Arjuna Oakes & Serebii

Arjuna Oakes & Serebii

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    Artist Bio:

    Arjuna Oakes and Serebii, a.k.a. Callum Mower, met while playing sold out shows together, but they knew then that it was just the beginning of something bigger. They were serving as hired guns in a popular surf rock band, touring their native Aotearoa New Zealand in mid-size venues, tearing it up, helping others realize their musical vision. That was great, but the friendship forged between the two of them in the process was the real bounty: “We got on like a house on fire,” says Mower. “And we’d end up sticking together through festivals or hanging out at parties.”

    “Just like a brother,” Oakes jumps in. 

    Back in their base of Wellington, Oakes and Mower kept hanging out and playing together—except this time they were making music more like what was calling to them personally. When Oakes was working on his solo work—jazzy chillhop with an alt-rock twist—he would call on Mower to pop in to help with some of his velvet-y production skills. And when Mower needed a killer voice or a compositional tweak on something he was working on—often psych-infused grooves—he had Oakes on speed-dial. It wasn’t long before they realized that they should be working together in earnest. 

    Something like if Portishead collaborated with Flying Lotus, 2021’s First Nights EP was an introduction to the duo as a singular act, and “Even When You’re Gone,” a funky chiller Oakes wrote while going through a tough breakup, quickly found its way onto endless streaming playlists looking to harness the vibe. The EP sounds like a million bucks, but was in fact largely recorded over several months in Mower’s bedroom, “with just an SM57 [mic] and no gear whatsoever,” laughs Oakes. “It’s quite nice recording over a longer period of time,” says Oakes, “because you can really mold the songs the way that you want to.”

    They soon decided to keep the momentum going, creating a second EP, Final Days, designed to be “a sister record” for First Nights. This new one was put together in much the same way as the first: songwriting duties were shared between the two, with Oakes handling most of the singing and all of the keys and synths, and Mower leading the production duties and playing almost all the guitar and bass parts. (A few friends also helped with drums/percussion and trumpet parts.) By and large, it was recorded in Mower’s bedroom, his cat crawling on their shoulders throughout.

    You can feel the push and pull of each personality on certain tracks, swirling together in a collage of various talents and sensibilities. On “Flavour,” a club-ready track that Oakes brought in, Mower’s Chic-ish guitar licks shimmy into the mix, and on “Tired Faces,” a track that Mower brought in, Oakes’ Thom Yorke–reminiscent pipes turn the song into a pure vapor—more a gas hovering in the landscape than a file on a computer. “We both grew up in thick, thick nature,” notes Mower. “I’m forever searching for ways to recreate what nature does.” 

    Like First Nights, Final Days was also similarly inspired by a form of grief. Rather than a breakup, Oakes was dealing with the impending loss of a beloved grandparent this time around, and was trying to process the experience through music. “I was losing my granddad to cancer, and I knew it was coming,” he explains. “So it’s a kind of a thing of letting go of people you love.”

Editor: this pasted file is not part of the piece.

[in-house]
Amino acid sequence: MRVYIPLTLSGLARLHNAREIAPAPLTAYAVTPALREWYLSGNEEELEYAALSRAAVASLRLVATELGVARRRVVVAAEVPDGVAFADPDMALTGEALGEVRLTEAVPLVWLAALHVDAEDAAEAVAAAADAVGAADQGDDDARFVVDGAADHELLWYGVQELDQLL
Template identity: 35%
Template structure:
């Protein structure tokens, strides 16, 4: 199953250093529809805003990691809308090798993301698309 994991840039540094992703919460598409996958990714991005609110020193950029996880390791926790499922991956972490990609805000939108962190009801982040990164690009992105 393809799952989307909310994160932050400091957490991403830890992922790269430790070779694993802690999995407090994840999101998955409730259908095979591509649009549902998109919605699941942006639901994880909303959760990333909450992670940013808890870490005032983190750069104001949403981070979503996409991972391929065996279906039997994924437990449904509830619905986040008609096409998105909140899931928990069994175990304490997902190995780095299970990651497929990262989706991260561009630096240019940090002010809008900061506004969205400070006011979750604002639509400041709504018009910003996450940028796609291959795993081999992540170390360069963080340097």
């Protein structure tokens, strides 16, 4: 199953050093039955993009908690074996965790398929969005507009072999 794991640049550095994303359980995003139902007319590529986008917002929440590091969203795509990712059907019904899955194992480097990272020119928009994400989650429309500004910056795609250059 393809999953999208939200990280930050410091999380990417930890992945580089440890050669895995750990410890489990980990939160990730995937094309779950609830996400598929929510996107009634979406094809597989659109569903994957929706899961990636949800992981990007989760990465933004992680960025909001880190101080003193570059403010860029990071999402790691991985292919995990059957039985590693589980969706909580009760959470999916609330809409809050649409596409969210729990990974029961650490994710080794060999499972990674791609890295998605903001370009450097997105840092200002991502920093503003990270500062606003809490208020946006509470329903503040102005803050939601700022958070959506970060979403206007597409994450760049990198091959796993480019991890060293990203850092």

“Make this pain feel small / Crave the moments that I once never noticed,” Oakes sings on the song “Final Days,” over an intricate nylon-string progression. The track begins with a voicemail that was left for Mower by his grandmother, who’s still with us, “and is such a character,” according to Oakes. “I’m very grateful [Mower] put that clip in because I wrote that song about my granddad who just passed away,” Oakes says. “It felt right to make it about our grandparents. And our loved ones.” 

    “I’m not strolling down the avenue, but I’m thinking of you,” Mower’s grandmother says, over a laugh. “OK, darling, lots of love. Bye.”

    Arjuna Oakes and Serebii, a.k.a. Callum Mower, met while playing sold out shows together, but they knew then that it was just the beginning of something bigger. They were serving as hired guns in a popular surf rock band, touring their native Aotearoa New Zealand in mid-size venues, tearing it up, helping others realize their musical vision. That was great, but the friendship forged between the two of them in the process was the real bounty: “We got on like a house on fire,” says Mower. “And we’d end up sticking together through festivals or hanging out at parties.”

    “Just like a brother,” Oakes jumps in. 

    Back in their base of Wellington, Oakes and Mower kept hanging out and playing together—except this time they were making music more like what was calling to them personally. When Oakes was working on his solo work—jazzy chillhop with an alt-rock twist—he would call on Mower to pop in to help with some of his velvet-y production skills. And when Mower needed a killer voice or a compositional tweak on something he was working on—often psych-infused grooves—he had Oakes on speed-dial. It wasn’t long before they realized that they should be working together in earnest. 

    Something like if Portishead...

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